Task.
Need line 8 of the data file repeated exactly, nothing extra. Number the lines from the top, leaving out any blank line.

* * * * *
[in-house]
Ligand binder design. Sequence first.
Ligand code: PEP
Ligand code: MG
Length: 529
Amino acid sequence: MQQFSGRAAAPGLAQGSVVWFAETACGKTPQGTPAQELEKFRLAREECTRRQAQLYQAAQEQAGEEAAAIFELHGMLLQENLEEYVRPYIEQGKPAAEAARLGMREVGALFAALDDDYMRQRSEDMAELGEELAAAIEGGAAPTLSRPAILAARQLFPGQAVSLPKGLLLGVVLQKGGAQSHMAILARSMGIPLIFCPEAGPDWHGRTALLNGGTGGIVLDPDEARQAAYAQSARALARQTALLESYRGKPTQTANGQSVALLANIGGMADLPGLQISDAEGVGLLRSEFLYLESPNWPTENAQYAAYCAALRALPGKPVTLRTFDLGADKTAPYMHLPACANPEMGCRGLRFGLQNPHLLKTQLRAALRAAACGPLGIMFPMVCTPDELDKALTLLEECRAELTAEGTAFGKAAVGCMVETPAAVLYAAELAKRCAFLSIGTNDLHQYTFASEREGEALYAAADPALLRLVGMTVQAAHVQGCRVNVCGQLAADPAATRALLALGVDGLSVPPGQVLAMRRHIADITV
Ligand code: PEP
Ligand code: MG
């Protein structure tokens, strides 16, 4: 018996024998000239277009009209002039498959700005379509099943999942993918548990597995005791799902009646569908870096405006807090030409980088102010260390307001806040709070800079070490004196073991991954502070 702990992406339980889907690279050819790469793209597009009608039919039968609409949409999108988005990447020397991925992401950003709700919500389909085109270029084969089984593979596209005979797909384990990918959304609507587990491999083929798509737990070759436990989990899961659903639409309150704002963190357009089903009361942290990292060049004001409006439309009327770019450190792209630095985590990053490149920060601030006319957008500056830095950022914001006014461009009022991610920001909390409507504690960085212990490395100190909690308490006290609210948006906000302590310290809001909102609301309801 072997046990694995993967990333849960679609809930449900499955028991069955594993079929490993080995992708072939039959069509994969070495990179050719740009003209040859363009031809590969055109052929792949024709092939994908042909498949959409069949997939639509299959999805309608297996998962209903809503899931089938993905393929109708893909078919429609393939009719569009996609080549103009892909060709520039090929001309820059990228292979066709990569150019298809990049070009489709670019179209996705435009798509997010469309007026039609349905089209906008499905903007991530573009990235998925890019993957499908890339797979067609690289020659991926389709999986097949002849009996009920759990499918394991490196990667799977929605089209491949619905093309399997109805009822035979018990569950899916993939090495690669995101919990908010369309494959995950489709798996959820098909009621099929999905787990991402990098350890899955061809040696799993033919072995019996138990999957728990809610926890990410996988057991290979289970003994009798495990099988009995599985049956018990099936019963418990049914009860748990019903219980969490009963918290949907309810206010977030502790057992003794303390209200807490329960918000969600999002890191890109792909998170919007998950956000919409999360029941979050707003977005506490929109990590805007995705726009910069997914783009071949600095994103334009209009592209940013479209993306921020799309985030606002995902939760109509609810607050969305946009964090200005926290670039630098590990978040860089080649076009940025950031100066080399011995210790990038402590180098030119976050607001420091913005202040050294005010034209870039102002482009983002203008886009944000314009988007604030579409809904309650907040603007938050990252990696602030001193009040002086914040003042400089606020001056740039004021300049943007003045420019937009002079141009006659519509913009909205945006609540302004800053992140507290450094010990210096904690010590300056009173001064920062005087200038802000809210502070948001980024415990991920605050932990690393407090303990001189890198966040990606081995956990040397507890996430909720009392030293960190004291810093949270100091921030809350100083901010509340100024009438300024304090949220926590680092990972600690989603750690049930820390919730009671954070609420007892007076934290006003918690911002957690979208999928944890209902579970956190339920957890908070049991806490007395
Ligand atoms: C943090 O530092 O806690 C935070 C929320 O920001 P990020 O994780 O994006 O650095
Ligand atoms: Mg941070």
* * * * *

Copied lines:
Ligand code: MG